Branches of the Religion

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Branches of the Religion [1]
Furu al-Din
Salah Prayers
Sawm Fasting
Hajj Pilgrimage
Zakat Charity Tax
Khums 1/5th Tax
Jihad Struggle
Amr bil-Maroof Enjoining the good
Nahi anil-Munkar Forbidding the evil
Tawalla Loving the Ahlul Bayt & their followers
Tabarra Disassociating from the enemies of the Ahlul Bayt
The Furu al-Din (Arabic: فروء الدين) are the branches of religion in the Shiite faith. They are the ten basic branches of religion and practice. They are obligatory on every believing person, female or male, who has reached the age of maturity, buloogh. The Sunni school of thought also shares many of the same practices, but refer to them as pillars. This is not to be confused with the Usool al Din which refers to the five roots of religion, or core beliefs.



Main article: Salah

Salah, the Arabic word for prayers, refers to the five daily prayers obligatory upon every Muslim. The five prayers are named according to the time of day in which they must be performed: (1) Fajr: Morning Prayers (2) Dhuhr: Noon Prayers (3) ‘Asr: Afternoon Prayers (4) Maghrib: Evening Prayers (5) ‘Isha: Night Prayers.


Main article: Sawm

Sawm, the Arabic word for fasting, refers to the obligatory fasts for every Muslim in the Holy Month of Ramadhan. Fasting, in the Islamic sense, is to refrain from food, drink, sex during the daylight hours. Every year, all Muslims are required to refrain from food, drink, and sex from sunrise (imsak) to sunset (maghrib).


Main article: Hajj

Hajj refers to the Islamic pilgrimage that is obligatory on every Muslim at least once in his/her lifetime, given that he/she can financially afford it. The pilgrimage is to the Holy Sanctuary in Mecca, Masjidul Haram, where the Holy Ka’bah is. This pilgrimage consists of circling the Ka’bah (tawaf) seven times, running/walking between the two mountains of Safa and Marwa seven times, stoning of the Shaytan in Mina, and spending a day in Arafat, and a night in Muzdalifah. The rituals of the pilgrimage are largely based on the life of the Prophet Abraham, who is considered the father of monotheism. The time for Hajj is limited to the month of Zilhajj of the Hijri Calendar.


Main article: Zakah

Zakat refers to both the idea of voluntary charity, and the obligatory charity tax of 2.5%. It is paid on one’s capital possessions on things including gold and silver coins, wheat, barely, dates, raisins, camels, cattle, and sheep. There are certain conditions and prerequisites required for the payment of Zakat. Shiites more commonly pay the Khums in the modern day, since capital possessions are no longer as common.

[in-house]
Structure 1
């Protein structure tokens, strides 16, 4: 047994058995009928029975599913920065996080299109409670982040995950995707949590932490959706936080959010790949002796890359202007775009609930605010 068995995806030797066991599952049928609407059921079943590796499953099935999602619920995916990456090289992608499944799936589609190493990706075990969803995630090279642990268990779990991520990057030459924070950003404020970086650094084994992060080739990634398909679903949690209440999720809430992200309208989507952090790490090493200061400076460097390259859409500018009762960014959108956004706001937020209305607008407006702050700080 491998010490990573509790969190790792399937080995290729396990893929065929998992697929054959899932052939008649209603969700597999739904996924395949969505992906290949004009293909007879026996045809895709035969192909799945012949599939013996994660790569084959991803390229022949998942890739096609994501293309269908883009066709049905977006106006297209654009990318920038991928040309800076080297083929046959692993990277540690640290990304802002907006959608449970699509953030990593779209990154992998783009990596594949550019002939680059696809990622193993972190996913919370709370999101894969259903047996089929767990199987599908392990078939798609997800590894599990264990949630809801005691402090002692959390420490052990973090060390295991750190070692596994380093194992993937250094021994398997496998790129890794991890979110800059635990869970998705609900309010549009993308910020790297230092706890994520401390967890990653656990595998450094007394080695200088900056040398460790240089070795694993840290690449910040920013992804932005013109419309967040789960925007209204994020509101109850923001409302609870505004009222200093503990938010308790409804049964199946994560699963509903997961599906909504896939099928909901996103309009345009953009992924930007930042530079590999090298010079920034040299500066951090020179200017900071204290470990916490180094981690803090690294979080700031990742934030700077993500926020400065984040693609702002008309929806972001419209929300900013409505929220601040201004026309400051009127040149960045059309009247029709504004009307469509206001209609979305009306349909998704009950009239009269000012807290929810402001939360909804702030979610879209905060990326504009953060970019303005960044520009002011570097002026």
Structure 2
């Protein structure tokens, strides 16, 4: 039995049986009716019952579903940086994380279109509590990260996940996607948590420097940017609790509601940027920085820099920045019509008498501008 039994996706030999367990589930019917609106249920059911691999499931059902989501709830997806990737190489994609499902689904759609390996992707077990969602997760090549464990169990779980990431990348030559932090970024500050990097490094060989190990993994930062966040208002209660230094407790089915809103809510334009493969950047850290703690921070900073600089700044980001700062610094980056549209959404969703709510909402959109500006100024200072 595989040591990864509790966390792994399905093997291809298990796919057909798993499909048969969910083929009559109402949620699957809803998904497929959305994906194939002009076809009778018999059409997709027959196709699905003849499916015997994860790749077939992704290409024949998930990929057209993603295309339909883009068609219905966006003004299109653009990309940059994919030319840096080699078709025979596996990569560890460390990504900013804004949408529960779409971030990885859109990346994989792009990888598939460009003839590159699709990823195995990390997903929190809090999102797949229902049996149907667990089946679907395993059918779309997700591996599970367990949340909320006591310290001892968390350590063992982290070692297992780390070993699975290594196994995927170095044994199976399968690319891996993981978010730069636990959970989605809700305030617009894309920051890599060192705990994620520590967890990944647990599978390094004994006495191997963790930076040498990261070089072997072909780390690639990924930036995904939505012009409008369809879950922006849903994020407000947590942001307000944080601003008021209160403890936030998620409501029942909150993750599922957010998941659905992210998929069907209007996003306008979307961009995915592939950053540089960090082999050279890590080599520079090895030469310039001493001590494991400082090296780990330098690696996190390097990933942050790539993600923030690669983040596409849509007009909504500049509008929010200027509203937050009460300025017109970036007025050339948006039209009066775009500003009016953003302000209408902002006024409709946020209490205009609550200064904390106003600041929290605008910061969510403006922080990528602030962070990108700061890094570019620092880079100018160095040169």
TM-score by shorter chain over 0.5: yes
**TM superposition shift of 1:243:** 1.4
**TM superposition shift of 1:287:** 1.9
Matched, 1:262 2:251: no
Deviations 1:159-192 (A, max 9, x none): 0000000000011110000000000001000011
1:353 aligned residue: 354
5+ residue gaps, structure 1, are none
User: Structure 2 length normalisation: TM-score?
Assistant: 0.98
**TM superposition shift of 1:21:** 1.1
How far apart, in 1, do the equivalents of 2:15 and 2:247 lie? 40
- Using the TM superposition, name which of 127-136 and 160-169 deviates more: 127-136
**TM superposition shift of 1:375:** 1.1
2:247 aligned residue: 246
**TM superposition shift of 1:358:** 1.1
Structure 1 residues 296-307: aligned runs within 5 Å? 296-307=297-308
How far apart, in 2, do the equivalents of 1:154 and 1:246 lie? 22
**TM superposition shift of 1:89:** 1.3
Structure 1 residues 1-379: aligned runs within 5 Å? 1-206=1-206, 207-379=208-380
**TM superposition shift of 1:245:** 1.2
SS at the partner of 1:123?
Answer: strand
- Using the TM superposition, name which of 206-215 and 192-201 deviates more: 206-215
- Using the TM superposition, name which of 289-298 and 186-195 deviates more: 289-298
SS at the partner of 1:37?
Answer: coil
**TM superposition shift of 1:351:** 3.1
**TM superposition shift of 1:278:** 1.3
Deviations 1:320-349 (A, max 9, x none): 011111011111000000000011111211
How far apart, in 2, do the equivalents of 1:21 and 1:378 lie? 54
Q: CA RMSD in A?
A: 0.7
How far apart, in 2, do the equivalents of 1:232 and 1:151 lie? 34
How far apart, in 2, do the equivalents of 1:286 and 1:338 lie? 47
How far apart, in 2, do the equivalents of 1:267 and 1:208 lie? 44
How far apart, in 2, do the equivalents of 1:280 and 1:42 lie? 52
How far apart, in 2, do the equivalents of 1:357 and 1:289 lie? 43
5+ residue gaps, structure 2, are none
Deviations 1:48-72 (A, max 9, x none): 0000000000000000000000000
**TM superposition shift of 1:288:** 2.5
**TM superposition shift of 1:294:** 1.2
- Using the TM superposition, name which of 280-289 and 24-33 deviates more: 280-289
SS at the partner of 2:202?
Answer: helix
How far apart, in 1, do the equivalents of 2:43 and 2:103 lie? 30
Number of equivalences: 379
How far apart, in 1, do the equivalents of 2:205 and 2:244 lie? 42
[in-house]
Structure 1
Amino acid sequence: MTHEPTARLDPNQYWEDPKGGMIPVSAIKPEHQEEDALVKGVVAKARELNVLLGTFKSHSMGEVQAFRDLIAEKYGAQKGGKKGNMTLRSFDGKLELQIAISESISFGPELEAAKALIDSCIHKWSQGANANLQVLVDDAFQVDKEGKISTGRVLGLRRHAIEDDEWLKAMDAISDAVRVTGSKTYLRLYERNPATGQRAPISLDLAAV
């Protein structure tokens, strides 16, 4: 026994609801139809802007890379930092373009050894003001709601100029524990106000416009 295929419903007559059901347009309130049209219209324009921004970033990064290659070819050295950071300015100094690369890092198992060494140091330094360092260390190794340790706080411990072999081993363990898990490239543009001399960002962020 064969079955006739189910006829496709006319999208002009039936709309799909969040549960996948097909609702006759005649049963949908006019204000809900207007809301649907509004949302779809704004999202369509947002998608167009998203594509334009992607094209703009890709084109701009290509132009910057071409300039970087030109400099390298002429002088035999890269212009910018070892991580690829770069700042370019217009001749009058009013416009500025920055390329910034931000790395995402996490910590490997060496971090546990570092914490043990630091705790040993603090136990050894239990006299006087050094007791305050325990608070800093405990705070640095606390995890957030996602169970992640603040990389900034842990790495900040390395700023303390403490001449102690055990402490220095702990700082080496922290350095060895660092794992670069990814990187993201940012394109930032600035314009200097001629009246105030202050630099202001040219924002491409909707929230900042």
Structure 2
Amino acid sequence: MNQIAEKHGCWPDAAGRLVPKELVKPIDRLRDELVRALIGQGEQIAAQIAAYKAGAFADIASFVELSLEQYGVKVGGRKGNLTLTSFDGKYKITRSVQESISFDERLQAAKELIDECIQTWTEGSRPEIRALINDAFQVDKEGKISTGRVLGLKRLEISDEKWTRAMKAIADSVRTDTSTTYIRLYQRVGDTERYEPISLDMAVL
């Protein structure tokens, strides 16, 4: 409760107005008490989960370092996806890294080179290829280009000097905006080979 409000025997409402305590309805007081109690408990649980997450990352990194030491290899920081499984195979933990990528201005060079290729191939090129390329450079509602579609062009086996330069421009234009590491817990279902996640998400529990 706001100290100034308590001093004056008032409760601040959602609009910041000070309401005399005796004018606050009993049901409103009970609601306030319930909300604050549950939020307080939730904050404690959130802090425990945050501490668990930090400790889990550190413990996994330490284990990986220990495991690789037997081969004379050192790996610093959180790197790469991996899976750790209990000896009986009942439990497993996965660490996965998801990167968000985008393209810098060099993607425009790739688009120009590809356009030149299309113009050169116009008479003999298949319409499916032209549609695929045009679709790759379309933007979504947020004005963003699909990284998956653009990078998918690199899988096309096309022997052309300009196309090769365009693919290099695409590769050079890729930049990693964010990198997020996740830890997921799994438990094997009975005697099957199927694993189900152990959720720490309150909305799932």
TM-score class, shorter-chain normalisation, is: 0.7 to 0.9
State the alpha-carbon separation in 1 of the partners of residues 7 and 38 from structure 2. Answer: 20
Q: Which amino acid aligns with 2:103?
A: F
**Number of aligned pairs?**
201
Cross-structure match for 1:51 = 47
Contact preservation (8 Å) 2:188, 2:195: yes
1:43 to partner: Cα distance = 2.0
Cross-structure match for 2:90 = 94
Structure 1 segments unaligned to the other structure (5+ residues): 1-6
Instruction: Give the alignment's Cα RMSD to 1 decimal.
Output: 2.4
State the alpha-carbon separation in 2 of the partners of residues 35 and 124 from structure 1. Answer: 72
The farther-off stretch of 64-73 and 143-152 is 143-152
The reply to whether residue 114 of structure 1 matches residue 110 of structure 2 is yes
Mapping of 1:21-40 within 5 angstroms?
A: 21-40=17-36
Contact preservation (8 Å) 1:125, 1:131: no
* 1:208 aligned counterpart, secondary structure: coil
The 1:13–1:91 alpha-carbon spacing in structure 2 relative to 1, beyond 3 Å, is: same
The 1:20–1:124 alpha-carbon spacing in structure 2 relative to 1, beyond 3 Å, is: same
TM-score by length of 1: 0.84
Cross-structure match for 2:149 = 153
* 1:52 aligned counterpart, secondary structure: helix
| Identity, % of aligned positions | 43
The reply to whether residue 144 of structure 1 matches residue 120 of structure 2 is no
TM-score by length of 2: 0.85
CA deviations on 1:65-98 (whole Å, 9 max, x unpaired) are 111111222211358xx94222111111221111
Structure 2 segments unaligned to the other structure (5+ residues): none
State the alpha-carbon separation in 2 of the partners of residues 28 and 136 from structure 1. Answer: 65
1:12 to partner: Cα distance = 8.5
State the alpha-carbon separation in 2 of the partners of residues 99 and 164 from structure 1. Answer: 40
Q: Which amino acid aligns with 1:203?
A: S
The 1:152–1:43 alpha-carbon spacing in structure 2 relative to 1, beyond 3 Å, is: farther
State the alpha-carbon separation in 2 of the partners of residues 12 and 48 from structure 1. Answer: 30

Main article: Khums

Khums is the Arabic word for one-fifth, or twenty percent, which refers to the Islamic tax, payable on one’s yearly income. It must be paid annually and is only obligatory on a person’s net profit. Half of this portion goes to the Saadat, the poor relatives of the Prophet’s progeny (as they are ineligible for charity). The other half is supposed to go directly to the living Imam. As the Shiite Imam is currently in occultation and his wherabouts are unknown, the tax is paid to his representatives, the Marja-e-Taqlid. The money is then disbursed to various projects across the world that are seen to be in the interest of the Shiite community, including projects like orphanages, mosques, community centers, and schools.


Main article: Jihad

Jihad is the Arabic term for struggle, which is commonly associated with Islamic warfare. However, there are two types of Jihad that are obligatory on every Muslim. One of these includes Jihad al-Asgher, the smaller or minor Jihad, which refers to the physical warfare and to defend the religion of Islam or Muslims. It is obligatory on every Muslim to defend the lives and properties of all other Muslims when attacked, and to fight under the order of the Prophet or an Imam. Jihad ul-Akbar, the greater or major Jihad, refers to the struggle that a person must have with one’s own soul, in order to completely submit to the divine will of God.

Amr bil-Maroof

Main article: Amr bil Maroof

Amr bil-Maroof, the Arabic term for enjoining the good refers to the Islamic responsibility that every Muslim has to encourage others towards the right path, and to do good. It includes encouragement of all forms for fellow humans to perform good moral deeds, and to complete the obligatory actions.

Nahi anil-Munkar

Main article: Nahi anil Munkar

Nahi anil-Munkar, the Arabic term for forbidding the evil/wrong refers to the responsibility a Muslim has to discourage others from performing evil acts and actions which have been forbidden in the religion. It is also associated with standing up against oppression and all acts of injustice.


Main article: Tawalla

Tawalla, the Arabic term for friendship, refers to the responsibility of loving the Ahlul Bayt and the friends of the Ahlul Bayt. The Ahlul Bayt refer to the family of the Holy Prophet, and especially his close relatives and the twelve Imams. Due to the love that a believer should have for the Prophet’s family, he/she must also love and treat the followers and lovers of the Ahlul Bayt with kindness and reverence.


Main article: Tabarra

Tabarra, the Arabic term for enmity, refers to the enmity that a believer and follower of the Ahlul Bayt should feel towards their enemies. This concept goes hand in hand with tawalla, due to the fact that if one truly loves the Ahlul Bayt, one will inevitably hate those who hate them.


  1. Branches of the Religion Method of Salat, Sayyid Muhammad Qadi Mar'ashi
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